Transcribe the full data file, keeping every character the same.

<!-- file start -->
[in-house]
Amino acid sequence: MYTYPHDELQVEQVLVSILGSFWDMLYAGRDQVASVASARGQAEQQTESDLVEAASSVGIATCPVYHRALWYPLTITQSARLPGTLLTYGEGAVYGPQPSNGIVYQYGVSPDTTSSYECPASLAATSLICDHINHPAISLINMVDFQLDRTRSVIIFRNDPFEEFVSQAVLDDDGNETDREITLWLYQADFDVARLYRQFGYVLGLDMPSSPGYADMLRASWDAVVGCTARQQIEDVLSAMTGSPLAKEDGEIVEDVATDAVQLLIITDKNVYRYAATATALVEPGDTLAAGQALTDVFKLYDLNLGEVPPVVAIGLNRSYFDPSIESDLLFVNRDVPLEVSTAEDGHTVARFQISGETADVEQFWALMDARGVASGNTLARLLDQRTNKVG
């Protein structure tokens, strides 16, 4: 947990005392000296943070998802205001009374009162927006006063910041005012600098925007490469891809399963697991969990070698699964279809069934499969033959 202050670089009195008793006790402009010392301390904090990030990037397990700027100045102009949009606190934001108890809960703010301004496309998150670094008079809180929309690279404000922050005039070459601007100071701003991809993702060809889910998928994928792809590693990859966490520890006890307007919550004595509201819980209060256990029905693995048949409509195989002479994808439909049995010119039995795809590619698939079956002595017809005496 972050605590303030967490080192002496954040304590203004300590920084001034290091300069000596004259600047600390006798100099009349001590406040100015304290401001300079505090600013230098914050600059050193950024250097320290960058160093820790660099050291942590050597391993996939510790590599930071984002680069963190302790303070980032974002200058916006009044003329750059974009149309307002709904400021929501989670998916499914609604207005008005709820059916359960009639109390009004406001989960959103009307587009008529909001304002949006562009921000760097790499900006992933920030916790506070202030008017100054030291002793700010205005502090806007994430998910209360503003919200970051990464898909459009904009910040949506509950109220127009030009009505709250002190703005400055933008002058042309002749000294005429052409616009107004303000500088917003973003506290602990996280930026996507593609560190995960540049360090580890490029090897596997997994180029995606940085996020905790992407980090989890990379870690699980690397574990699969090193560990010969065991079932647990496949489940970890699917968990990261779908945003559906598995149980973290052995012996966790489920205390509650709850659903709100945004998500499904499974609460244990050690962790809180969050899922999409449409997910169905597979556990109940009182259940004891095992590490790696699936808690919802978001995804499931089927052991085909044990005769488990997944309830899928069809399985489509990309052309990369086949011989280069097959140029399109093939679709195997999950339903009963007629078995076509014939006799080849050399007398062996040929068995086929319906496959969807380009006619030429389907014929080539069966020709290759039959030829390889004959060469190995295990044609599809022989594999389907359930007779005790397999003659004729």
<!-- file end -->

[in-house]
Amino acid sequence: MYTYPHDELQVEQVLVSILGSFWDMLYAGRDQVASVASARGQAEQQTESDLVEAASSVGIATCPVYHRALWYPLTITQSARLPGTLLTYGEGAVYGPQPSNGIVYQYGVSPDTTSSYECPASLAATSLICDHINHPAISLINMVDFQLDRTRSVIIFRNDPFEEFVSQAVLDDDGNETDREITLWLYQADFDVARLYRQFGYVLGLDMPSSPGYADMLRASWDAVVGCTARQQIEDVLSAMTGSPLAKEDGEIVEDVATDAVQLLIITDKNVYRYAATATALVEPGDTLAAGQALTDVFKLYDLNLGEVPPVVAIGLNRSYFDPSIESDLLFVNRDVPLEVSTAEDGHTVARFQISGETADVEQFWALMDARGVASGNTLARLLDQRTNKVG
């Protein structure tokens, strides 16, 4: 947990005392000296943070998802205001009374009162927006006063910041005012600098925007490469891809399963697991969990070698699964279809069934499969033959 202050670089009195008793006790402009010392301390904090990030990037397990700027100045102009949009606190934001108890809960703010301004496309998150670094008079809180929309690279404000922050005039070459601007100071701003991809993702060809889910998928994928792809590693990859966490520890006890307007919550004595509201819980209060256990029905693995048949409509195989002479994808439909049995010119039995795809590619698939079956002595017809005496 972050605590303030967490080192002496954040304590203004300590920084001034290091300069000596004259600047600390006798100099009349001590406040100015304290401001300079505090600013230098914050600059050193950024250097320290960058160093820790660099050291942590050597391993996939510790590599930071984002680069963190302790303070980032974002200058916006009044003329750059974009149309307002709904400021929501989670998916499914609604207005008005709820059916359960009639109390009004406001989960959103009307587009008529909001304002949006562009921000760097790499900006992933920030916790506070202030008017100054030291002793700010205005502090806007994430998910209360503003919200970051990464898909459009904009910040949506509950109220127009030009009505709250002190703005400055933008002058042309002749000294005429052409616009107004303000500088917003973003506290602990996280930026996507593609560190995960540049360090580890490029090897596997997994180029995606940085996020905790992407980090989890990379870690699980690397574990699969090193560990010969065991079932647990496949489940970890699917968990990261779908945003559906598995149980973290052995012996966790489920205390509650709850659903709100945004998500499904499974609460244990050690962790809180969050899922999409449409997910169905597979556990109940009182259940004891095992590490790696699936808690919802978001995804499931089927052991085909044990005769488990997944309830899928069809399985489509990309052309990369086949011989280069097959140029399109093939679709195997999950339903009963007629078995076509014939006799080849050399007398062996040929068995086929319906496959969807380009006619030429389907014929080539069966020709290759039959030829390889004959060469190995295990044609599809022989594999389907359930007779005790397999003659004729």